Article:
EDITOR’S NOTE: Watch part two of Soledad O'Brien's interview with Sheryl Sandberg on "Starting Point" at 8:30a a.m. ET on Tuesday, March 19th.
There has been much debate over a controversial new book written by Facebook COO Sheryl Sandberg. It's called "Lean In: Women, Work, and the Will to Lead." The book is filled with advice encouraging women to be leaders in the workplace and rid themselves of the stereotypes that hold them back. Some critics say, though, that Sandberg's is unrealistic for women who are trying to balance work and family.
Also this morning, Sandberg has written an opinion piece for CNN.com titled "Speak up, believe in yourself, take risks." She writes that "by talking openly about the challenges that women face in the workplace and at home, we can work towards solutions together. We can't ignore the subject any longer. We need to listen, talk and listen, debate, learn, evolve, and take action."
Soledad O'Brien had a chance to sit down with Sandberg in Facebook's New York office. After the jump below, find out what she had to say about the controversy surrounding her book and how men can help women "lean in" in their careers.
WHAT "LEAN IN" IS ABOUT:
"Lean In" is not about fixing women and it's certainly not about, you know, anyone can do this all on their own. "Lean In" is about all of us coming together to understand the stereotypes that are holding women back and fix them.
ON WHAT FEMINISM MEANS TODAY:
So I wrote that I never used the word feminism to describe myself until a number of years ago. I mean, when I was in college or even recently, you don't want to be a feminist...Feminists don't get dates. Feminists were angry or done, because everything was going to be equal. When I was in college, and I know we're roughly the same age, we believed everything would be equal. No one talked about work-life balance that I remember. No one worried about these things. We thought it would be equal, but it hasn't worked out that way. And I now proudly call myself a feminist.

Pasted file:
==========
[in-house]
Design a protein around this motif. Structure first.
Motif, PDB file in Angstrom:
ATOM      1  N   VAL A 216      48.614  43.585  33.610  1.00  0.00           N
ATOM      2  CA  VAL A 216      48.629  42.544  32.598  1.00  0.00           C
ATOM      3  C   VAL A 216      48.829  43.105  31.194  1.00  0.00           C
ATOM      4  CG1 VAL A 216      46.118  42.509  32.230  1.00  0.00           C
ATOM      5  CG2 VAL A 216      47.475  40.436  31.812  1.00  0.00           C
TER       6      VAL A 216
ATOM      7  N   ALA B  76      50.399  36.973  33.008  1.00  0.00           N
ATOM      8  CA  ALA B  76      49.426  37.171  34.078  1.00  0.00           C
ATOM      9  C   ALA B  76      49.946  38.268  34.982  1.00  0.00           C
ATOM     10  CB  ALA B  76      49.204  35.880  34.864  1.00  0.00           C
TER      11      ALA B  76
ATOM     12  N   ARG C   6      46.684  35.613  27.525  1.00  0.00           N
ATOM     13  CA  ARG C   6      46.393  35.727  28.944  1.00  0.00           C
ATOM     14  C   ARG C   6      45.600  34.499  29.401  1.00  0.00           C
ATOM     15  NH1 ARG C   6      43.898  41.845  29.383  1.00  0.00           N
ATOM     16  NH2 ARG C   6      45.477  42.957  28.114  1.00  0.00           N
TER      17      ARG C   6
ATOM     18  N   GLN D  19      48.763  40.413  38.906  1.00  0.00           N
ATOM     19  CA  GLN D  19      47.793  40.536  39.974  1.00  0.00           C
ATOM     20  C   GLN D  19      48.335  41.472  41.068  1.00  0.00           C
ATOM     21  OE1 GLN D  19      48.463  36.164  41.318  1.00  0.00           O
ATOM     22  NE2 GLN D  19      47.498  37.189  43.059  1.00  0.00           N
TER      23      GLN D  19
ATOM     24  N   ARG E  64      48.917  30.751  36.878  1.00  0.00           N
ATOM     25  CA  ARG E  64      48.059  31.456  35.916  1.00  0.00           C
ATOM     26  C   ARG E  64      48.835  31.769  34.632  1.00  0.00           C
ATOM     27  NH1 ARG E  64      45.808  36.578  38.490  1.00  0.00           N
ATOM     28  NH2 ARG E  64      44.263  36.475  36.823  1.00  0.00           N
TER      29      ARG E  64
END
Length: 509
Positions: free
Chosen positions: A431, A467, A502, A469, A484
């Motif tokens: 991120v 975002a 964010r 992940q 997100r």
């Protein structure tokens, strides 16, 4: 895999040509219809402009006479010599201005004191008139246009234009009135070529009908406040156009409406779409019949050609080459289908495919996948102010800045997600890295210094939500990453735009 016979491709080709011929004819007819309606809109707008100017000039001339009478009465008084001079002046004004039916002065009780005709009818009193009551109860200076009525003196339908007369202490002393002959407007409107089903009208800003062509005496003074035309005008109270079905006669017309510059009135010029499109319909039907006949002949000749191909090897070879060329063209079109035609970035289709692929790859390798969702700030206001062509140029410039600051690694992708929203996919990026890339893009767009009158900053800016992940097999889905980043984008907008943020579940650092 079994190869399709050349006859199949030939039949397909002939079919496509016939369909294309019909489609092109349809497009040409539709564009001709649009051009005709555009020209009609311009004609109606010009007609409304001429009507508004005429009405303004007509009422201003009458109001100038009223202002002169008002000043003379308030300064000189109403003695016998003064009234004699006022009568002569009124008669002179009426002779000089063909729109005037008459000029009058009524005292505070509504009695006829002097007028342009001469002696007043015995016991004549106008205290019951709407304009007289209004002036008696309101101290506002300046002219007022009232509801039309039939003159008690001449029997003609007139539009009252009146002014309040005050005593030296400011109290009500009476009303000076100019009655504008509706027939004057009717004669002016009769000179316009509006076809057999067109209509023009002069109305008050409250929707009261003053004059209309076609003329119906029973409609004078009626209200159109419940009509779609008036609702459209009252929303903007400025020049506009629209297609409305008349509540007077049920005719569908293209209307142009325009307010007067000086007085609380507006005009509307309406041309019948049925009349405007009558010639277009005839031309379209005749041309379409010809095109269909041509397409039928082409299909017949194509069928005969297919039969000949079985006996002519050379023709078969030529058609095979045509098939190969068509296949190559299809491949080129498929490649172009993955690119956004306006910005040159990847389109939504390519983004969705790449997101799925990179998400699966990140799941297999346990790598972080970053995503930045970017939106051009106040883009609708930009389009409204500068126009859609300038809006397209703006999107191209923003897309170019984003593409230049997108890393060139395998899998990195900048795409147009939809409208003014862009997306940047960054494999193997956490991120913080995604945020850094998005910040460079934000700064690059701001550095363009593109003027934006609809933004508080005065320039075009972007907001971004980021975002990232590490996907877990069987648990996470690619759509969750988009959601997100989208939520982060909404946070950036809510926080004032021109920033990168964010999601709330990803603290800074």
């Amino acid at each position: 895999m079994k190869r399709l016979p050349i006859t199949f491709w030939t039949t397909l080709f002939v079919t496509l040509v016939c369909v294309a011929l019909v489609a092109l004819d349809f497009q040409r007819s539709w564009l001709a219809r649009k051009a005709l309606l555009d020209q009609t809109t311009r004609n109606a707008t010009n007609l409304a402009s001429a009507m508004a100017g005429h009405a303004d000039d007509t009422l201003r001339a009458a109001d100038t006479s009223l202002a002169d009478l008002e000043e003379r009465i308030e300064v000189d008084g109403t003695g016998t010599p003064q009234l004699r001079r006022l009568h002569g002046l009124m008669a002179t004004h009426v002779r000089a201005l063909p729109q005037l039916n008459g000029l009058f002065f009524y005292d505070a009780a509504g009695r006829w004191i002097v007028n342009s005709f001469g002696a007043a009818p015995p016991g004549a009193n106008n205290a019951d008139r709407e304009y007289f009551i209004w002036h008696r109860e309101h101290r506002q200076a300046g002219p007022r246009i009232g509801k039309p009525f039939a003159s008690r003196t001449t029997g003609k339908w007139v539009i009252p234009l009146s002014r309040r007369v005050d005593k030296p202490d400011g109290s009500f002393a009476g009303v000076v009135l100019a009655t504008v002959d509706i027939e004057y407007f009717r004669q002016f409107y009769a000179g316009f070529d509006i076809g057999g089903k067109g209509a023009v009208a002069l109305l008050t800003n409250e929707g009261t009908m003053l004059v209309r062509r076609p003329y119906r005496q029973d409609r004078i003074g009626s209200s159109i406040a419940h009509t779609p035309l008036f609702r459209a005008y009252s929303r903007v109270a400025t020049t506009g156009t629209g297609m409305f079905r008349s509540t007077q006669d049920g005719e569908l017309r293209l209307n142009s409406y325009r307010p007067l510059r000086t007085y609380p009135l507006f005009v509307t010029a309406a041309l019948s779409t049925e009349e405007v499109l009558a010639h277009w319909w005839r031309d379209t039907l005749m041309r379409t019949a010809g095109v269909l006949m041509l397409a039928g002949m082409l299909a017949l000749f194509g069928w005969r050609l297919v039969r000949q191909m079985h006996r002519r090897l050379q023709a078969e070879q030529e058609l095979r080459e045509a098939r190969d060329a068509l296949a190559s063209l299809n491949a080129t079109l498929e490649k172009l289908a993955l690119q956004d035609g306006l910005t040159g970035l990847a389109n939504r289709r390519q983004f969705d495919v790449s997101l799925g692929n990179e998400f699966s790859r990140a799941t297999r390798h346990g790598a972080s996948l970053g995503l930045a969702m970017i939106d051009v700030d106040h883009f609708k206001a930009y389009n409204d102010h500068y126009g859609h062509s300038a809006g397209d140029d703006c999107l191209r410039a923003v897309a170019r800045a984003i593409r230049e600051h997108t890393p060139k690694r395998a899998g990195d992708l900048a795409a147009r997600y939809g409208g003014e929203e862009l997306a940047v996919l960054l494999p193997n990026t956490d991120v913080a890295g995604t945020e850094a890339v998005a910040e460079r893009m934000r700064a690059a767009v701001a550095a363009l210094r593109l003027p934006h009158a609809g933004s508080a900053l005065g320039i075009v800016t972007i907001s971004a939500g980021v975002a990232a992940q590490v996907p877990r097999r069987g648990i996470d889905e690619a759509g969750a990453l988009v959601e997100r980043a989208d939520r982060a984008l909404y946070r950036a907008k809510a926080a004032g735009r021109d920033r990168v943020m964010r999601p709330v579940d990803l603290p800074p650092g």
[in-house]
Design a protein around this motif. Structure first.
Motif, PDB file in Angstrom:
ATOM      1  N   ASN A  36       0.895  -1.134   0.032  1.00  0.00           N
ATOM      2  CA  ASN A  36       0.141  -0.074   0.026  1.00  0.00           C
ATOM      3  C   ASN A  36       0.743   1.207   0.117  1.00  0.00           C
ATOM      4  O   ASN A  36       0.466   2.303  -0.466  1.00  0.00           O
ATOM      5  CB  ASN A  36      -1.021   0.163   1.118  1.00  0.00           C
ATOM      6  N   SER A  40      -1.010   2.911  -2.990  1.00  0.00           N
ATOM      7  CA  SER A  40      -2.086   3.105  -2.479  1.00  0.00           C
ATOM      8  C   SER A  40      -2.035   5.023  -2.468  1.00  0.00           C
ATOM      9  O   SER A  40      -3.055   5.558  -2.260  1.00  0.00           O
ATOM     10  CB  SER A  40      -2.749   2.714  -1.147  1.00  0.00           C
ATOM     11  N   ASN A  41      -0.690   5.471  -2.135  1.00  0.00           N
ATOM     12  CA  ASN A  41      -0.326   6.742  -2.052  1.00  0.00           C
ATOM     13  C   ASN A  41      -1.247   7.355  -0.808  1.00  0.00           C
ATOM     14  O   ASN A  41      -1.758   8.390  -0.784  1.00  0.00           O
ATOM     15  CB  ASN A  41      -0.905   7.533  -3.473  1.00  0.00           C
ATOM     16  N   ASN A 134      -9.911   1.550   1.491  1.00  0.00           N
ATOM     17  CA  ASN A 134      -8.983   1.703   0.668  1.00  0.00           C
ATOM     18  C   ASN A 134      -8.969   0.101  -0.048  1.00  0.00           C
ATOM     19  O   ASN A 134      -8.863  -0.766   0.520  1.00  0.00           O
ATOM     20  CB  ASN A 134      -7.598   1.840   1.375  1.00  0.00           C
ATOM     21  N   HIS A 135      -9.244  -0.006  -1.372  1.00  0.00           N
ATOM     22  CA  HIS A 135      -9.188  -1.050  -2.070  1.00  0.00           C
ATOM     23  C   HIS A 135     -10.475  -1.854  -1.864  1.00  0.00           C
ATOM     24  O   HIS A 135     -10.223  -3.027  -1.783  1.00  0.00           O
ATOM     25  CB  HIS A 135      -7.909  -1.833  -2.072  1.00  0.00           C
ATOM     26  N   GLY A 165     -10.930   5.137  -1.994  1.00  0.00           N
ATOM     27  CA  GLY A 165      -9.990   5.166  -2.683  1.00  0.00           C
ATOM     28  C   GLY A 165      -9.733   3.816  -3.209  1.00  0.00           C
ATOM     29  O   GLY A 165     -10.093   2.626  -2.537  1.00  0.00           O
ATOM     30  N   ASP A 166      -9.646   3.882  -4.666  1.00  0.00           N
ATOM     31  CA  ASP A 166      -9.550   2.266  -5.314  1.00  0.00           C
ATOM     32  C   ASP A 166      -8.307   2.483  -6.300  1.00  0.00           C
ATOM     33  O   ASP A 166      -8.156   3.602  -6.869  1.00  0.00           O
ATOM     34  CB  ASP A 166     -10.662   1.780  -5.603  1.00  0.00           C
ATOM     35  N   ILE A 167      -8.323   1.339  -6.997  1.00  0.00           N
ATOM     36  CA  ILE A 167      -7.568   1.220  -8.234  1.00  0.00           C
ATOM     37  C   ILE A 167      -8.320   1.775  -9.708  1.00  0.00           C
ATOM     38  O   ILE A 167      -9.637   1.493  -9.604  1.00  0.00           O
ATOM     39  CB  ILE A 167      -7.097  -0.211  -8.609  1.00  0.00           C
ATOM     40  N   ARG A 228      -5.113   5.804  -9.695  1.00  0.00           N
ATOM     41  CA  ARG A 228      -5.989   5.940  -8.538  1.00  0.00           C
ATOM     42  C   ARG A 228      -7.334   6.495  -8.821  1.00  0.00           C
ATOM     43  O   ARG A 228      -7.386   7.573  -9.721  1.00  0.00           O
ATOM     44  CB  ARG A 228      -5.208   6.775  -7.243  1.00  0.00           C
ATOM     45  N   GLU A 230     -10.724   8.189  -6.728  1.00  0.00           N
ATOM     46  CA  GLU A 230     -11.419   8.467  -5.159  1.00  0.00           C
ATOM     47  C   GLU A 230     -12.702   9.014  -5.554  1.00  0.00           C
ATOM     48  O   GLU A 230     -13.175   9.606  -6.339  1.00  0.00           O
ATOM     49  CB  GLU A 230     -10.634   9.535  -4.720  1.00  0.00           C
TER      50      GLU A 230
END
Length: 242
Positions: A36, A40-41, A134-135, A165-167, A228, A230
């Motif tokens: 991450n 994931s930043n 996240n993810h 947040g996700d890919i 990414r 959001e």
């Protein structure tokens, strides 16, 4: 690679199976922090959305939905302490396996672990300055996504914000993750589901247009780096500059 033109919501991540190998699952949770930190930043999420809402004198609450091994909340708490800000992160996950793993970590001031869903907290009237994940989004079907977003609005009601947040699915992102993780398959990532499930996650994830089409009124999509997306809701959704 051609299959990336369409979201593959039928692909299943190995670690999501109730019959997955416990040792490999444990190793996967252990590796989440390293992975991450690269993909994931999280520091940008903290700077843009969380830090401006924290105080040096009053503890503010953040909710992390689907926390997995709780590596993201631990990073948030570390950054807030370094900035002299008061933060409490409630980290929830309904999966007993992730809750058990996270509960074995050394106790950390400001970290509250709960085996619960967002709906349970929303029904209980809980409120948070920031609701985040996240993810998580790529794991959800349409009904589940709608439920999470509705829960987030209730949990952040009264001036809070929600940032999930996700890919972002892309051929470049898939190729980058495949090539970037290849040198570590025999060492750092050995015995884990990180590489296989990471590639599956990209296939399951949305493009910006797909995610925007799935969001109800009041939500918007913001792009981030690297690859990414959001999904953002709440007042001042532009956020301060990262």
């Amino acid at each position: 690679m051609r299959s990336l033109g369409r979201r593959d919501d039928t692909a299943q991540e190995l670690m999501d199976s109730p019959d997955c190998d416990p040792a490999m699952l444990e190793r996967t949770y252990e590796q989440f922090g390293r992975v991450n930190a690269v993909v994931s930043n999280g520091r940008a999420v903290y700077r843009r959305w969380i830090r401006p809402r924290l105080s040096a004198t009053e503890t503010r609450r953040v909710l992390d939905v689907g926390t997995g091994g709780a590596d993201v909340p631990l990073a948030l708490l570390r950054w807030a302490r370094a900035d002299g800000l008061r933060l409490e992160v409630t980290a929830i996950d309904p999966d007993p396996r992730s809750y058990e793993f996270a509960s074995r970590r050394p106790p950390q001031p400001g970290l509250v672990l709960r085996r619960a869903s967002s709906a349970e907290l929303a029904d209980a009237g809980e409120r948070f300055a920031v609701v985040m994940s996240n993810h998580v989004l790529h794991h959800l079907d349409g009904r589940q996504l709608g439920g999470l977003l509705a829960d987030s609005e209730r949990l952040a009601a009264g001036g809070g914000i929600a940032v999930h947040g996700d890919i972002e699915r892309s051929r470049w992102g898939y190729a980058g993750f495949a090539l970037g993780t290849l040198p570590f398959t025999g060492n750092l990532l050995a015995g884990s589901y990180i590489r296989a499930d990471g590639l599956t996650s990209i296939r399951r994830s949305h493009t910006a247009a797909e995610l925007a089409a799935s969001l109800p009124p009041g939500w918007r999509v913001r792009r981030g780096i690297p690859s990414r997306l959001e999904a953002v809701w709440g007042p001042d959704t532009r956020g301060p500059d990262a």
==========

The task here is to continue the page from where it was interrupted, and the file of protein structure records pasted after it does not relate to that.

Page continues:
ROLE OF MEN IN THE "LEAN IN" DEBATE:
When I got on stage 2 1/2 years ago and said the blunt truth is men ran the world, the audience gasped, as if this was news. I sat down at a very exclusive conference next to a man who looked at me and said, "Remember us." I was like, "What do you mean?"
"Remember us. There is a place for white men in the world." And I looked at him and said, "Are you looking around this conference? There has never been a company in your industry not run by a white man." He said, "Oh, no, no, change is coming."
Well, it's been ten years with no progress at the top of corporate America, and that's stagnation. And "Lean In" has stirred up an active debate, a heated debate. I'm grateful for that debate because I think that's our only chance of waking up to this problem.
ON CRITICISM THAT SANDBERG'S ADVICE DOESN'T APPLY TO AVERAGE WOMAN:
If you read the book, I'm very clear the institutional policies and changes we need. But more importantly, the research shows something very conclusively, which is that when more women are in senior management roles, those companies have better work-life policies for women.
ON HER MALE MENTORS:
I've never worked for a woman. I have been really lucky and I've had great mentors and great sponsors and part of "Lean In" is trying to help people find the right way to develop those mentors and sponsors, and saying to every man out there, "It should be a badge of honor to mentor a young woman." Not something you're as shamed to do, not something you're afraid someone will assume something bad, but a badge of honor that you're willing to spend your time giving benefit of your experience to young women in the workforce. They need it.
ON THE LACK OF RESPONSE FROM MEN ON THE BOOK:
Most of the debate about "Lean In" has been women, especially for the first couple weeks before the book was out. One thing I - someone asked me what was the most surprising thing. The most surprising thing was that no man said a word. I couldn't find a man writing a line, saying a word.
SANDBERG: I think it's too hard for men to talk about gender. A friend of mine who runs a large institution said it's easier to talk about your sex life in public, as a man, than talk about gender. We have to let men talk about this. I hope men enter the conversation and the controversy around my book, because - and every issue, not just mine, every issue –. because we need men to talk about this, too, if it's ever going to change.
THE UPSIDE FOR MEN IN THE "LEAN IN" DISCUSSION:
If you are the men, who wants - more people want to work for, if you're the one who can use 51 percent of the population, you'll do better. I was talking with Ken Chenault about this, American Express, and he said when we evaluate senior leaders who we're going to promote, we're looking not just at their results, but we're looking at how many followers do they have? How many people want to work for that person? This will give you more people that want to work for you, and you're going to outperform your peers.